Best Practices for multi-source data input doc management? How do you do it?

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Had a really good question come in to yesterday’s webinar. Wanted to get your input into this so I can share with this person:

“Thoughts and best-practices on information management between multiple firms (20+). I operate in the construction sector from design to build and closeout. Having so many hands involved, incoming data is scattered at the best of times. I would love to hear how others tackle this same problem.”

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AIIM
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Theresa, I work on mega projects within Oil & Gas, on a project and we generally have 1 main Engineering Contractor, 3 / 4 Fabricators, 100+ Suppliers and many other contractors, this is the norm for me for doc & data management. However, we need more information to understand the requirements before responding.
Regards

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Engie E&P

It may or may not be of interest (or help with your question) but take a look at BIM (Building Information Modelling):

The UK’s Government Construction Strategy is now available in StratML (ISO 17469-1) format at http://stratml.us/drybridge/index.htm#GCS2016

The relationship elements of the StratML standard enable performance partners to cross-reference their common and complementary objectives.
http://xml.govwebs.net/stratml/references/PerformancePlanOrReportISODRAFTVersion20160216.html#Relationship

Eventually, value-added intermediaries will help partners monitor and track each other’s performance as well as their own.
The StratML use case for partnerships and multi-organization is documented at http://stratml.us/carmel/iso/UC4SwStyle.xml#_0fc1e310-08a5-11e6-b06f-a2fa45c7ae33
The relationship between document/content/records management and strategic alignment is highlighted in the short, draft best practices paper at http://stratml.us/references/AIIM-BP-StratML.pdf
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Owen Ambur Chair,
AIIM StratML Committee

I will second Dennis’ request for more focus in terms of what the problem is that this person is seeking help with. That would enable a much better reply.

 

Hello all, I am the original inquirer!

Caveat: I’m very new to document management in general, so if any of our practices seem arcane or ridiculous – I would appreciate any suggestions you may have, I am eager to improve. My question was more so a workflow query, but I can see how the initial request is far too vague.
A little about how we operate:

We currently run a very basic online document management system, the intent is a simplified system for all members of the construction project to access docs and be kept up to date with any changes. We deal with all levels of users, from architects & engineers to the trade putting up drywall on the site – everybody needs to understand the content (usually drawings, specifications & reports) and be able to find it what they need quickly.

Each project begins with a kick off meeting where we present a small report to the pre-construction team on naming standards, syntax, fonts (TTF for OCR/Hyperlinking purposes), print drivers, submission standards, etc. We enforce these standards for the life of the project.

Each company involved is given a private folder in a staging area, that we screen prior to posting to the ‘live’ project for all to consume. Any renaming that has to occur is done via custom scripts in excel / dos. OCR & hyperlinking for AutoCAD/Revit drawings has been inconsistent across multiple platforms as well, any suggestions on how to tackle this problem would be appreciated.

The question(s):
I know we’re not optimal in how we are currently operating, I’m interested to hear how others deal with this (or similar) scenario – what software(s) do you use? have you been able to automate significant parts your process or do the inconsistent variables make that difficult? What have you found to be your workflow best-practices – for both you and your users? What red flags have you learned to steer very clear of?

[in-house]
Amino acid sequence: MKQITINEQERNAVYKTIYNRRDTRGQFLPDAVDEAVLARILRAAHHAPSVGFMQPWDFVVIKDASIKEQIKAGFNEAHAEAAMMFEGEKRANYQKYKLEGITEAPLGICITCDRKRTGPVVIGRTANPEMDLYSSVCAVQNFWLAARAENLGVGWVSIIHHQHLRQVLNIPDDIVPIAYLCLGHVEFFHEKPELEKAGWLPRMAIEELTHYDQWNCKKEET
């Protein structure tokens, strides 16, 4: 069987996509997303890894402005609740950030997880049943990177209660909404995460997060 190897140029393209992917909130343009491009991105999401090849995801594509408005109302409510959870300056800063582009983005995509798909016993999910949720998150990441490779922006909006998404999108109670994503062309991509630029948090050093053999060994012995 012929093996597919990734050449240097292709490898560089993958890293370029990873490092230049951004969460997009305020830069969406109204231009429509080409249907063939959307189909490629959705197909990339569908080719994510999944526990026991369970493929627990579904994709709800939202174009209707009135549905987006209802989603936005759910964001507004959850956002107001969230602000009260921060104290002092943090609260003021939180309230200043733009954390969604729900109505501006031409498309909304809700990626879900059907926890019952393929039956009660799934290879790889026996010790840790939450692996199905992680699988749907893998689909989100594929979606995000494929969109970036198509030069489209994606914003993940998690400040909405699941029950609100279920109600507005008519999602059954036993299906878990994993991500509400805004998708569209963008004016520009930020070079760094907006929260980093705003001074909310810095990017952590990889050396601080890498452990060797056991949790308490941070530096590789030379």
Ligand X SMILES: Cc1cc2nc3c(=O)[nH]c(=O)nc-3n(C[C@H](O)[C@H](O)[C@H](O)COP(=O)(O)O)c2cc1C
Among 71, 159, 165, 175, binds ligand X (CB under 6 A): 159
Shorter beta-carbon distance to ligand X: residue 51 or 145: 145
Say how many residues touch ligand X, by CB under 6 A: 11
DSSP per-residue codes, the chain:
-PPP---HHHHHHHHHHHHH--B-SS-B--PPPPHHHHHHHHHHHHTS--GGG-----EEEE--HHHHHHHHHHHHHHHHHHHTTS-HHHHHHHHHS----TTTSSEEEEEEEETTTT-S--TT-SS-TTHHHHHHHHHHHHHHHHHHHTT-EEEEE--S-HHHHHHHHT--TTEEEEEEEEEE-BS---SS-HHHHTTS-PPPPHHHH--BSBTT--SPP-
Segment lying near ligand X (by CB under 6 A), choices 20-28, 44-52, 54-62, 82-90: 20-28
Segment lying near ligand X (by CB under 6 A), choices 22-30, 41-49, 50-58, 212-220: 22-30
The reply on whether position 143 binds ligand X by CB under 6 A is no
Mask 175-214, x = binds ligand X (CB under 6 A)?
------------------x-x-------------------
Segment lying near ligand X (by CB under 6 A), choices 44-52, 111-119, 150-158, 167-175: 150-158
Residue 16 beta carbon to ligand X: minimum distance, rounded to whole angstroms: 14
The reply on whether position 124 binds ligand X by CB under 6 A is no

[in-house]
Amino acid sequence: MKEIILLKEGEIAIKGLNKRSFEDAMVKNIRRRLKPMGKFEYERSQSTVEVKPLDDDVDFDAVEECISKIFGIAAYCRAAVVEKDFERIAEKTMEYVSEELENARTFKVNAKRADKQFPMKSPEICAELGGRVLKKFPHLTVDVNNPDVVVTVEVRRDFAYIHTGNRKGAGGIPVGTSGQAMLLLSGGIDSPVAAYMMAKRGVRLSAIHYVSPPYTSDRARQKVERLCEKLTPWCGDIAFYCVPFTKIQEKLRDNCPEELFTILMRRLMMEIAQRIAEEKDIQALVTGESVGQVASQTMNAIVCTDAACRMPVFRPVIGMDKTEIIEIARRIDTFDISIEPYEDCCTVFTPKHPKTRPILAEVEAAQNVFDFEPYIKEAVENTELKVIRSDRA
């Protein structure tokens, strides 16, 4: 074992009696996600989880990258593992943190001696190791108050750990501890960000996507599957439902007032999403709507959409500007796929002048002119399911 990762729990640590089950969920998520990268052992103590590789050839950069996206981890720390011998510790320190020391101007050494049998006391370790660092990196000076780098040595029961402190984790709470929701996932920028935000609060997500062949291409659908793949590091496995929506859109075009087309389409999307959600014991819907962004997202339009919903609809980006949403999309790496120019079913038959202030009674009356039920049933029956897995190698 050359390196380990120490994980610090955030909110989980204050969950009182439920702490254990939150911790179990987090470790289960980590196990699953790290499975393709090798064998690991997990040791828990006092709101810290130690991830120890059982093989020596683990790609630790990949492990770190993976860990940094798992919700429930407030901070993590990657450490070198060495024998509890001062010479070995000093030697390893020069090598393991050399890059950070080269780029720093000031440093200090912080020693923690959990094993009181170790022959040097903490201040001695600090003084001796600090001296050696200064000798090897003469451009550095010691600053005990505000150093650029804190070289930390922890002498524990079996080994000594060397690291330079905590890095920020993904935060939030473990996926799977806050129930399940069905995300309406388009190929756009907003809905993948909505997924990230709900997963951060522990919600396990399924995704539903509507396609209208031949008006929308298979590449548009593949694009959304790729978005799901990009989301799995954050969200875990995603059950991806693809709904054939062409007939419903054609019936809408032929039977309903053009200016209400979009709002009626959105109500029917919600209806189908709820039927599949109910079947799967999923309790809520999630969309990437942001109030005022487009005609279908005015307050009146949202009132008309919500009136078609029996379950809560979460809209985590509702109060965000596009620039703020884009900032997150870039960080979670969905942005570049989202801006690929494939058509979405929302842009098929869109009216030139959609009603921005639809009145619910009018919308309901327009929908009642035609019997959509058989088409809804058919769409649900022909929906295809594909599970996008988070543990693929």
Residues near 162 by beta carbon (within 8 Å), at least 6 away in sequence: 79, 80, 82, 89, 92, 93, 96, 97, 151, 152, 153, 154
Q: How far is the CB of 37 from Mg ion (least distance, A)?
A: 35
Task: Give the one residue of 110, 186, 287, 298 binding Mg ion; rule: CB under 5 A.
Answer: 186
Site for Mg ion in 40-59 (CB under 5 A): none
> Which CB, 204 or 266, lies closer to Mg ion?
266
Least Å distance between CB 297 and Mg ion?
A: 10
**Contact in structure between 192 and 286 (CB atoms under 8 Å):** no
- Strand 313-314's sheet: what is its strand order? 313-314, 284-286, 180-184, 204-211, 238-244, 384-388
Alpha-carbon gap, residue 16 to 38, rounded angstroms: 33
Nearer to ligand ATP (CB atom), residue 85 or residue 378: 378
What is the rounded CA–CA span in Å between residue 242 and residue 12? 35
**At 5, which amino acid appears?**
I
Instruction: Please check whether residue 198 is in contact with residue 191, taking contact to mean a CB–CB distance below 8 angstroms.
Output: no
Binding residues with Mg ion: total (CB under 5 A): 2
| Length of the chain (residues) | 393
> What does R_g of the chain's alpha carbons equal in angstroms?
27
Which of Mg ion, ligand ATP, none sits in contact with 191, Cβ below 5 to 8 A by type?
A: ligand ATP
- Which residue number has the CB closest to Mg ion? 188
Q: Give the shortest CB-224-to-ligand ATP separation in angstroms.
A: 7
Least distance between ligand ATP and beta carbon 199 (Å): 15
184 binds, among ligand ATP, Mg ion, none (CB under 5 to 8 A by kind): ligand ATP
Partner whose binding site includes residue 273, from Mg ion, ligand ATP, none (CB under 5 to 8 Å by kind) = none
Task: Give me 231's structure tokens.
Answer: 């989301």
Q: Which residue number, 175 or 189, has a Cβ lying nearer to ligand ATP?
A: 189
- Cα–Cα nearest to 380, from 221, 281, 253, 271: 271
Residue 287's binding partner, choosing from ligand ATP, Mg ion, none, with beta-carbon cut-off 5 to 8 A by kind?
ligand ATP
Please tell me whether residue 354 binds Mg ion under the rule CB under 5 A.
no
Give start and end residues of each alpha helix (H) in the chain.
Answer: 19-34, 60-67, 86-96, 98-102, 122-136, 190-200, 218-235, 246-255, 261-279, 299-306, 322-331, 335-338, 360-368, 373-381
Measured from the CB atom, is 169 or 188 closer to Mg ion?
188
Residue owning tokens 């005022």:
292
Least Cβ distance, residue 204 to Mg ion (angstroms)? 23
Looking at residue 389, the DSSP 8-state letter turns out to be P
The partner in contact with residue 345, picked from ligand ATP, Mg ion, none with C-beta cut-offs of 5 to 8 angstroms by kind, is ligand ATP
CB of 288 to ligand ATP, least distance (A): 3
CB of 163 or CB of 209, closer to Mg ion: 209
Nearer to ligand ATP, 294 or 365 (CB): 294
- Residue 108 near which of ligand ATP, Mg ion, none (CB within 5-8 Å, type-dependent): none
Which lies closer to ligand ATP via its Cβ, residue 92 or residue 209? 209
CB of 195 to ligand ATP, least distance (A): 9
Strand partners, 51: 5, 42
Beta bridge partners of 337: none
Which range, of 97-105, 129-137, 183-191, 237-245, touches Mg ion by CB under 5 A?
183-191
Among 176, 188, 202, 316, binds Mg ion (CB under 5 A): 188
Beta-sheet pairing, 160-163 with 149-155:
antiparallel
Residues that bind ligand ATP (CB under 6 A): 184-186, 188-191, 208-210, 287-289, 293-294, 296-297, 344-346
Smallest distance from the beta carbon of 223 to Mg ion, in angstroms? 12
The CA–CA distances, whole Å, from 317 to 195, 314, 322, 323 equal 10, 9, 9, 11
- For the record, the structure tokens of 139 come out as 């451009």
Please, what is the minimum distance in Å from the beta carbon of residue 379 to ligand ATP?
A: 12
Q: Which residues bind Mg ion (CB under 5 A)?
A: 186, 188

I’m coming at this from a very green perspective, this still may be too vague – if so, my apologies. Regardless, thank you in advance for both your time and suggestions.

Based on the expanded information you provided I will start my feedback with 2 primary aspects:

Metadata management (and related master data management)
Workflow Metadata management – You have some aspect of this in terms of your enforcement of naming conventions and such, however, to be truly effective you need to step this up to where you have a metadata catalogue that all the external, and your own internal, players select from in order to tag content. This could be things like project, phase, structure, floor, discipline (mech, electrical, etc.) and other designators, revision designation, contractor/vendor coding, geo-coding, etc. But rather than attempting to build this into a complex naming convention string (kinda required when your process starts/ends in FTP/SFTP as I suspect it does), this should be just selectable, controlled metadata elements. This also provides you the ability to control your master data around vendors, project, location, customer(s), and so on.

Workflow – this is something you should look to automate the hell out of if you can. And having controlled metadata is key to that because you can leverage that metadata as triggers, directors, and decision point operators in your workflows. And this will hold true from FEED to walk-down and turnover stages. And yes, tagging standards for walk-down and turnover are also part of that metadata! :))

Obviously the only way to realistically achieve the above is through a good technology platform. There are some really great EDM (Engineering Document Management) solutions out there with deep functionality and control, especially from OpenText, however, I’ve found that SharePoint still strikes the best overall balance between available functionality (from appropriate 3rd party add-ons), complexity of learning curve for users and admins, and costs. Additionally, there are some great extranet manager add-ons to eliminate the FTP/SFTP conundrum that, as I said, I suspect is likely your primary interaction start/end point with your partners and customers.

Obviously there is a lot more in terms of the overall technology stack and the INTEGRATION to ha/ve truly effective and well-governed workflow than the skeleton above, but perhaps gives you some ideas?

 

Geoff, I am still of the opinion you have to provide project details for document management professionals to help!